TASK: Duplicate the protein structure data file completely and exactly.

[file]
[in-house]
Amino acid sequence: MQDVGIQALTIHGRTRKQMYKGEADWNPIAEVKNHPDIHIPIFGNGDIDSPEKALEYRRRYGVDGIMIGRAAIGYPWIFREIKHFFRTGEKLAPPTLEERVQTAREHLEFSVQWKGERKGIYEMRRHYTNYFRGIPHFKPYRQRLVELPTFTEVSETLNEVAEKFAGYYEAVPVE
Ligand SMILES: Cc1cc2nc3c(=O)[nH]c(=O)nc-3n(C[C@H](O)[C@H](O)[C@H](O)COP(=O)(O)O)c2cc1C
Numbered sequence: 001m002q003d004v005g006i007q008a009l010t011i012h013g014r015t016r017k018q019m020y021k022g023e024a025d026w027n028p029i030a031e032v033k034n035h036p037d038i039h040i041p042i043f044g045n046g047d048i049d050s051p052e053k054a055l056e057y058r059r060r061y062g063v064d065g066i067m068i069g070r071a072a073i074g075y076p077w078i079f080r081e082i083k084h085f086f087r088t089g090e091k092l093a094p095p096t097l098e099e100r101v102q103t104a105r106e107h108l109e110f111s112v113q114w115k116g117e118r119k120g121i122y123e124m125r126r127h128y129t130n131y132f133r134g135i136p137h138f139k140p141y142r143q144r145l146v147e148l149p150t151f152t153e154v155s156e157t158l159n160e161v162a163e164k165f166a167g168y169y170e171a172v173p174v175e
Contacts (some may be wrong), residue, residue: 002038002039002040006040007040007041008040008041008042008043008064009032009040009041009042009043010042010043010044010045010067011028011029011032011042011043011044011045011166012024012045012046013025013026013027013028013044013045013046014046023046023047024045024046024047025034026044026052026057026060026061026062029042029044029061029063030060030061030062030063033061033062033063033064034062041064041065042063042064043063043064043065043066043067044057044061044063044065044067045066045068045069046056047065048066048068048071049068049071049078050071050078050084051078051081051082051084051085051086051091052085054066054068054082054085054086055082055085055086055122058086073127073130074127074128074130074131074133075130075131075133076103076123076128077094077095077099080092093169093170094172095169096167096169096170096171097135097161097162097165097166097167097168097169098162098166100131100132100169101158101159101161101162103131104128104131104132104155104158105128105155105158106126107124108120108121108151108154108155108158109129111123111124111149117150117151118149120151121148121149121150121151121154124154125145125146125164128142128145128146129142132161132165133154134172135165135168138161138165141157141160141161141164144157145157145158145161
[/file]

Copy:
[in-house]
Amino acid sequence: MQDVGIQALTIHGRTRKQMYKGEADWNPIAEVKNHPDIHIPIFGNGDIDSPEKALEYRRRYGVDGIMIGRAAIGYPWIFREIKHFFRTGEKLAPPTLEERVQTAREHLEFSVQWKGERKGIYEMRRHYTNYFRGIPHFKPYRQRLVELPTFTEVSETLNEVAEKFAGYYEAVPVE
Ligand SMILES: Cc1cc2nc3c(=O)[nH]c(=O)nc-3n(C[C@H](O)[C@H](O)[C@H](O)COP(=O)(O)O)c2cc1C
Numbered sequence: 001m002q003d004v005g006i007q008a009l010t011i012h013g014r015t016r017k018q019m020y021k022g023e024a025d026w027n028p029i030a031e032v033k034n035h036p037d038i039h040i041p042i043f044g045n046g047d048i049d050s051p052e053k054a055l056e057y058r059r060r061y062g063v064d065g066i067m068i069g070r071a072a073i074g075y076p077w078i079f080r081e082i083k084h085f086f087r088t089g090e091k092l093a094p095p096t097l098e099e100r101v102q103t104a105r106e107h108l109e110f111s112v113q114w115k116g117e118r119k120g121i122y123e124m125r126r127h128y129t130n131y132f133r134g135i136p137h138f139k140p141y142r143q144r145l146v147e148l149p150t151f152t153e154v155s156e157t158l159n160e161v162a163e164k165f166a167g168y169y170e171a172v173p174v175e
Contacts (some may be wrong), residue, residue: 002038002039002040006040007040007041008040008041008042008043008064009032009040009041009042009043010042010043010044010045010067011028011029011032011042011043011044011045011166012024012045012046013025013026013027013028013044013045013046014046023046023047024045024046024047025034026044026052026057026060026061026062029042029044029061029063030060030061030062030063033061033062033063033064034062041064041065042063042064043063043064043065043066043067044057044061044063044065044067045066045068045069046056047065048066048068048071049068049071049078050071050078050084051078051081051082051084051085051086051091052085054066054068054082054085054086055082055085055086055122058086073127073130074127074128074130074131074133075130075131075133076103076123076128077094077095077099080092093169093170094172095169096167096169096170096171097135097161097162097165097166097167097168097169098162098166100131100132100169101158101159101161101162103131104128104131104132104155104158105128105155105158106126107124108120108121108151108154108155108158109129111123111124111149117150117151118149120151121148121149121150121151121154124154125145125146125164128142128145128146129142132161132165133154134172135165135168138161138165141157141160141161141164144157145157145158145161